During steady-state weathering, the rate of removal of the exposed weathering zone is balanced by the rate of generation of mineralogically identical material through chemical weathering. As steady-state conditions prevail, the mineralogical and chemical composition of sediments derived from the weathering profile should be invariant over time. In A-CN-K space, a steady-state weathering condition is characterized by tightly grouped compositions, with dispersion between sands and muds a consequence of sorting during fluvial transportation. The purpose of this study was to assess whether such a condition was present during the development of the Upper Cretaceous Point Loma Formation.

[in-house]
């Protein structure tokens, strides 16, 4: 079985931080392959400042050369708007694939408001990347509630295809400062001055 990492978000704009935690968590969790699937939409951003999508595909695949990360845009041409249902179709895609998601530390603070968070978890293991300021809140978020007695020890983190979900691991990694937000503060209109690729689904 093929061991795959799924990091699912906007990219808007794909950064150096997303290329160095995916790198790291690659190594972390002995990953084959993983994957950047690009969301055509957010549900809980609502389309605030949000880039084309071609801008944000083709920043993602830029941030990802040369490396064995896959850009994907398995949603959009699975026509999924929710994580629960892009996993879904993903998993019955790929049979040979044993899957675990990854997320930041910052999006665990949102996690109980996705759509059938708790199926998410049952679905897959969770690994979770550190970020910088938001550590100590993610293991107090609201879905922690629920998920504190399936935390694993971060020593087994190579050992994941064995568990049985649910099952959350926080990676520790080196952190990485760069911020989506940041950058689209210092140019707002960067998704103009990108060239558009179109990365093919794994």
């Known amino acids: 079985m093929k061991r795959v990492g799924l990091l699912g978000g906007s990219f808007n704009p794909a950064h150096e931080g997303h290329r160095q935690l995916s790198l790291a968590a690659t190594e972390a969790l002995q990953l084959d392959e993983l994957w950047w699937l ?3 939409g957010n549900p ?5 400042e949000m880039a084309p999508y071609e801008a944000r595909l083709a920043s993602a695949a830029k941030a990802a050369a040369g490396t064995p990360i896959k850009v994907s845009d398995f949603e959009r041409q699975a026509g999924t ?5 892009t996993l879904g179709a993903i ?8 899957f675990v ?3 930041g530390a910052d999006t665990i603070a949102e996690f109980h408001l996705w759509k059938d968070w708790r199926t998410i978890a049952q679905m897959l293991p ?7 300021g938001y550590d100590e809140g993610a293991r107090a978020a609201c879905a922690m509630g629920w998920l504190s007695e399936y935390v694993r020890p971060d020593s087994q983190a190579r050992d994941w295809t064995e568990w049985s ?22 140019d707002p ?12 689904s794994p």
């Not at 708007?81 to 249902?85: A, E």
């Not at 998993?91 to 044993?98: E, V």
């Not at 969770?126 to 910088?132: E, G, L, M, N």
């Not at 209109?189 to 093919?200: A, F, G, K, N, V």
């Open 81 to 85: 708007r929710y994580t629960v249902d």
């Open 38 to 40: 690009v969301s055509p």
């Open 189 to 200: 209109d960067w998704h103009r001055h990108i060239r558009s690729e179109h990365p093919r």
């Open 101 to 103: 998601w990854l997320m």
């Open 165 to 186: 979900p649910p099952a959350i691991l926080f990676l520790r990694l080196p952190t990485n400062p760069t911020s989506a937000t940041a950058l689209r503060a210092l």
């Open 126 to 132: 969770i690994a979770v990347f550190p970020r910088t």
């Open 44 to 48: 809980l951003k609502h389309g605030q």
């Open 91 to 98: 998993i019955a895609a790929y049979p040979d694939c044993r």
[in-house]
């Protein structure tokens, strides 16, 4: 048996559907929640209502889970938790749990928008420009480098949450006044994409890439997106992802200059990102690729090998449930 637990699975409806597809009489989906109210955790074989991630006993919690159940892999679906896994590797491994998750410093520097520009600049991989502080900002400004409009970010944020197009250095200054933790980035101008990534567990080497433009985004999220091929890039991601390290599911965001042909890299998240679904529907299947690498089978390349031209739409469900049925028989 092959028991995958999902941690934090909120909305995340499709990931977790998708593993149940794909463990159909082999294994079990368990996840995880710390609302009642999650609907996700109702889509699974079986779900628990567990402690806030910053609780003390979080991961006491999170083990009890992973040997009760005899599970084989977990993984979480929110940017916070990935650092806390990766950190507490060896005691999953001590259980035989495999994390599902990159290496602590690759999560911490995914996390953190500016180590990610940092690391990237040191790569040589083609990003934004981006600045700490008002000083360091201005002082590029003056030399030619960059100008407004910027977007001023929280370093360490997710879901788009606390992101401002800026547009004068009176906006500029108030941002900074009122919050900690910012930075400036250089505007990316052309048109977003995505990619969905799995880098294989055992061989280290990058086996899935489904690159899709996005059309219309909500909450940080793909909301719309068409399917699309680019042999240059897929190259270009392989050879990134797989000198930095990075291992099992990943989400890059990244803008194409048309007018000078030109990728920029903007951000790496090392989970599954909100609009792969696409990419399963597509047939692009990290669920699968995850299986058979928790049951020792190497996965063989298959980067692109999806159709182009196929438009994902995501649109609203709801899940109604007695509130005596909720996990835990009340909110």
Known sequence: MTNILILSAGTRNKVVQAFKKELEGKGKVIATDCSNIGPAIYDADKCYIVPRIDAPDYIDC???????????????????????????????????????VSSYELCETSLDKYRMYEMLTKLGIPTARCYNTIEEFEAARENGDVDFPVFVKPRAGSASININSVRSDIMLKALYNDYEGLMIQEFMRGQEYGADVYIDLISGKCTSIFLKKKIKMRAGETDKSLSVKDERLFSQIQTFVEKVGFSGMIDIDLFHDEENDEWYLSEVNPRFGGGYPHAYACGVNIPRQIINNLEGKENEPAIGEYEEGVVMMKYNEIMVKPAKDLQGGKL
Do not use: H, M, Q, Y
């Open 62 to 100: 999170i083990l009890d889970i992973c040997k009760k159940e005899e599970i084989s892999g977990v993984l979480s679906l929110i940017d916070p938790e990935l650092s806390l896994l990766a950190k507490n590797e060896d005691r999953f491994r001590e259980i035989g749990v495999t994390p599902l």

Published paleotectonic reconstructions portray the upper Campanian–lower Maastrichtian(?) Point Loma Formation as being deposited in a forearc basin developed westward of a continental-margin magmatic arc. In such accounts, during the subduction of an oceanic plateau (or aseismic ridge) or during constant-dip subduction, rocks in the magmatic arc were uplifted and the volcanic cover nearly stripped clean, exposing its plutonic roots. Published detrital-zircon data derived from samples of the Point Loma Formation indicate that exposed igneous rocks in the source area were mainly from 135 Ma to 100 Ma plutons located in the western zone of the Peninsular Ranges batholith. New point-count, XRD, and chemical data show that detritus in mudstones and some fine-grained feldspathic sandstones of the Point Loma Formation following deposition and shallow burial were subjected to a K-metasomatic event. After correcting for introduction of K+, and consideration of the effects of hydraulic sorting, resulting mudstone and fine-grained sandstone data plot in A-CN-K space in overlapping fields, whereas samples of coarse-grained sandstone lie between rays extending through the most and least weathered mudstones. Hence, detritus in the Point Loma Formation was derived mainly from regolith during non-steady-state weathering conditions.